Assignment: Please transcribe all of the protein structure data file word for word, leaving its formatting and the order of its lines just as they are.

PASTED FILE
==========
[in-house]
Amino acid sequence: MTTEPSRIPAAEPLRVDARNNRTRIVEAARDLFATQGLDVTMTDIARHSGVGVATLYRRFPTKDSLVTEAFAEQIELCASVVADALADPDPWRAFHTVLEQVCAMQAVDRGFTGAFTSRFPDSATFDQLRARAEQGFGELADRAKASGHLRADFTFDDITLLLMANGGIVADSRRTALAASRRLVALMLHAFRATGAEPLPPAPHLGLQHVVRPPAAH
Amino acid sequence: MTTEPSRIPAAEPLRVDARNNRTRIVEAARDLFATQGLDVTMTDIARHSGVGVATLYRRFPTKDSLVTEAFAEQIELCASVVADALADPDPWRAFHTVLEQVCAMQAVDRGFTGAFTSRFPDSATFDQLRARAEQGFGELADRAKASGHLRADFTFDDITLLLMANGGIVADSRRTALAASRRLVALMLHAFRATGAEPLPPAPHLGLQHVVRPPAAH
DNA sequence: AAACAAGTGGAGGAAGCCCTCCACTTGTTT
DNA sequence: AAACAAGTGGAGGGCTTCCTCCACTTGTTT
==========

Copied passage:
[in-house]
Amino acid sequence: MTTEPSRIPAAEPLRVDARNNRTRIVEAARDLFATQGLDVTMTDIARHSGVGVATLYRRFPTKDSLVTEAFAEQIELCASVVADALADPDPWRAFHTVLEQVCAMQAVDRGFTGAFTSRFPDSATFDQLRARAEQGFGELADRAKASGHLRADFTFDDITLLLMANGGIVADSRRTALAASRRLVALMLHAFRATGAEPLPPAPHLGLQHVVRPPAAH
Amino acid sequence: MTTEPSRIPAAEPLRVDARNNRTRIVEAARDLFATQGLDVTMTDIARHSGVGVATLYRRFPTKDSLVTEAFAEQIELCASVVADALADPDPWRAFHTVLEQVCAMQAVDRGFTGAFTSRFPDSATFDQLRARAEQGFGELADRAKASGHLRADFTFDDITLLLMANGGIVADSRRTALAASRRLVALMLHAFRATGAEPLPPAPHLGLQHVVRPPAAH
DNA sequence: AAACAAGTGGAGGAAGCCCTCCACTTGTTT
DNA sequence: AAACAAGTGGAGGGCTTCCTCCACTTGTTT